best albums 2021

Best of 2021: EUPHORIA.’S Favorite Albums

It took a lot to get us through 2021, and these albums were a huge part of it. Rather than compile a list of what we consider to be the best releases of the year, we put together our favorite albums that evoked emotions, provided comfort, and gave us something to dance to even when things were hard. Ahead, find all of the albums and EPs that came out in 2021 that have been spinning on repeat in the homes of EUPHORIA. staff.

If I Can’t Have Love, I Want Power by Halsey

If I Can’t Have Love, I Want Power is the perfect example of an artist combining a longtime passion project with a personal opus. This album, created with Nine Inch Nails’s Trent Reznor and Atticus Ross, is such a departure from Halsey’s usual style, trading out the electro-pop elements for a hard guitar line and heavy drums while keeping a biting narrative style. A highlight is “You Asked For This,” an underappreciated gem that features 33 guitars and the hook, “Go on and be a big girl / you asked for this now / you better show them why you talk so loud.” The work is such a beautiful celebration of their humanity — Halsey mixes the person we grew up loving and the person they’ve grown into so beautifully. They also shows the intersection between sexuality and motherhood so poignantly — it’s emotions in all of its torn up rawness. — Isabella Vega

Blue Banisters by Lana Del Rey

In her seventh album, Lana Del Rey combines poetic lyricism with a dreamy ambience and her trademark syrupy vocals to create one of her most authentic pieces of work. Merging new tracks with some of her older, previously unreleased songs makes for a seamless fit that works to showcase her evocative songwriting abilities through the years. Blue Banisters acts as a testament to Del Rey’s expansive career — a perfect way to wrap up the year with two album releases! — Anissa Sanchez

Star-Crossed by Kacey Musgraves

Kacey Musgraves poured her bleeding heart into every lyric in Star-Crossed. At its core, this album is focused on the pain and heartbreak she faced over the past year, but each song is also veiled with a sense of hope and reflection that’s difficult to achieve when it feels like everything has fallen apart. Musgraves expertly illustrated the grieving process in a beautiful way without glossing over the struggle and pain experienced along the way to get to the other side. — Athena Sobhan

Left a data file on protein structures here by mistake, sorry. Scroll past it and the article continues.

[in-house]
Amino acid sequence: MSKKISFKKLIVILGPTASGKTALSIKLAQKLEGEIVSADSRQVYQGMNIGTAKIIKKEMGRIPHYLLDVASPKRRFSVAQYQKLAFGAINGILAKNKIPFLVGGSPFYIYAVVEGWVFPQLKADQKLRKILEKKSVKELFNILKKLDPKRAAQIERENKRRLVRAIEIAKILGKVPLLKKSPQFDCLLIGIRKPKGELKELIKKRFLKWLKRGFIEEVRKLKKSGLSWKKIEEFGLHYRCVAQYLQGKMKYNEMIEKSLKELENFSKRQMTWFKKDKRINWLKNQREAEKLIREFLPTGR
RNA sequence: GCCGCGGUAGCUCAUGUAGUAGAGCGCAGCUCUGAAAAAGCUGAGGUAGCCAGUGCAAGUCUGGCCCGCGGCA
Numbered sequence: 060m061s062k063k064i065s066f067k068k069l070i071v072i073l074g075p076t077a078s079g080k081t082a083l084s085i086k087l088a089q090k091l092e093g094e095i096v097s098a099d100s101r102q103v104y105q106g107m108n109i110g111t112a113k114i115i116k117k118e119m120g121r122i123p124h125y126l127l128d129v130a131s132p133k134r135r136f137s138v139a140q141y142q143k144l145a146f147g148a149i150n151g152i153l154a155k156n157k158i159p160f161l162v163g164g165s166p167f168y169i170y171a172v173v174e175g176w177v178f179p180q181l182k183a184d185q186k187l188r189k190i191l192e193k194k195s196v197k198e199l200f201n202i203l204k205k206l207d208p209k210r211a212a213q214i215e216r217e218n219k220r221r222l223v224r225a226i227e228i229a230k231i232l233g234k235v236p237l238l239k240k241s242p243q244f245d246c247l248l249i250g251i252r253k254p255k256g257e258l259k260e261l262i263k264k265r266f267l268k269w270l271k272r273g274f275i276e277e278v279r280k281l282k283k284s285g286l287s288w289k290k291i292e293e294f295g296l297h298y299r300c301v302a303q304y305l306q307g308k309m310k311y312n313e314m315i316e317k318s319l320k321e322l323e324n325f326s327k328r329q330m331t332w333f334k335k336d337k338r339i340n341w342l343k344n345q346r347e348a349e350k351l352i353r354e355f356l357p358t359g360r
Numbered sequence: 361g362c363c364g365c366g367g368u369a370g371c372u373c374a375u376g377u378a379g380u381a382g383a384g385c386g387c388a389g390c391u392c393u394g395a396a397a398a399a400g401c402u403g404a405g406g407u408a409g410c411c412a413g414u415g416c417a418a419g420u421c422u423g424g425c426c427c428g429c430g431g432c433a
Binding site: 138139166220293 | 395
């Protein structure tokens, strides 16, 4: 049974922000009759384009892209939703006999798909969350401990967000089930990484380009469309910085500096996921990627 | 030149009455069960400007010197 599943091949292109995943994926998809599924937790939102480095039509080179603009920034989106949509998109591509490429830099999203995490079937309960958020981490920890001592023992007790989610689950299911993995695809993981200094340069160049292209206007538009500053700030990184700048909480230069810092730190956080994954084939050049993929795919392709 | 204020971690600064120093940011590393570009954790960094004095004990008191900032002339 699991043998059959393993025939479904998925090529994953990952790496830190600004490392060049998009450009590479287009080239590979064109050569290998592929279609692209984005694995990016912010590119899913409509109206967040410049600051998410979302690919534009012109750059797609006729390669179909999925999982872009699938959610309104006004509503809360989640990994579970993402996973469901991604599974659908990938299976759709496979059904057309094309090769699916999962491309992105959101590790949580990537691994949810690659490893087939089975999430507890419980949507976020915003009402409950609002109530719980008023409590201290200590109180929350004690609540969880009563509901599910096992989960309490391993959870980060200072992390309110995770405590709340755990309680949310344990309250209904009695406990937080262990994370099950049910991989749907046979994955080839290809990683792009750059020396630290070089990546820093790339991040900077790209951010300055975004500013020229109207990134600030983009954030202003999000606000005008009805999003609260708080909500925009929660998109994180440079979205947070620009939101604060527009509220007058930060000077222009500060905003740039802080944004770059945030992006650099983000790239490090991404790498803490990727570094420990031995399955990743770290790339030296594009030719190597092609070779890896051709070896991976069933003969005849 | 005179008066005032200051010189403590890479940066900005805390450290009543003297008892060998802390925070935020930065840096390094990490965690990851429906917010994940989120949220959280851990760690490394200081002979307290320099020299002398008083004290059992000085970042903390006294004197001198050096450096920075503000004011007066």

Ready Is Always Too Late by Sinéad Harnett

Sinéad Harnett’s sophomore album is honest, dreamy, and heartfelt. Its organic collaborations and her effortlessly stunning vocals are a reminder as to why Harnett is one of the golden girls from the UK who is on top of their game right now. Whether it’s the soothing “Take Me Away,” empowering “Last Love,” or the mid-tempo bop “Obvious,” Ready Is Always Too Late is one of the few albums released in 2021 that requires zero skips. If anyone deserves the Queen of R&B title for this year, it’s Harnett. — Fabio Magnocavallo

And Then Life Was Beautiful by Nao

Nao’s vocal and emotional range on her third studio album, And Then Life Was Beautiful, can only be described as sublime. The UK singer recorded the LP after welcoming her first child in 2020, which helped kick-start her creativity — and the inspiration certainly shows. She gorgeously synthesizes the complexities of love — as it brings forth blessings and hardships, pleasure and plain, highs, and lows — into a melodic journey. Common tropes about euphoria and heartbreak are revitalized by Nao’s soulful sonic idiosyncrasy; Her feelings are accessible with an air of connectivity yet deeply personal. Few albums this year rendered the empirical nature of life experiences as authentically as And Then Life Was Beautiful. It’s a spellbinding body of work from start to finish. — Brea Cubit

Trying Not to Think About It by JoJo

This is a cohesive album that touches on mental health. With the past year and the pandemic, I found it comforting and healing. There’s a song that everyone can relate to one way or another. She isn’t afraid to share her most vulnerable self with listeners. — Danielle Taylor

Rebels of the Neon God by Julian Lamadrid

It feels like a combination of various genres, musical eras, and a lot of influential artists (The 1975 etc., even Dolly Parton). the album has a whole is very cohesive, fluid in a sense as it flows seamlessly from one song to another — quite literally! The concept of the Neon God remains vague until the very end, instead, the album focuses on painting different scenes of life and diving into emotional self-diagnoses. Overall it’s a piece of work that easily grabs listeners’ attention and demands a listen from top to bottom, very immersive. — Gomi Zhou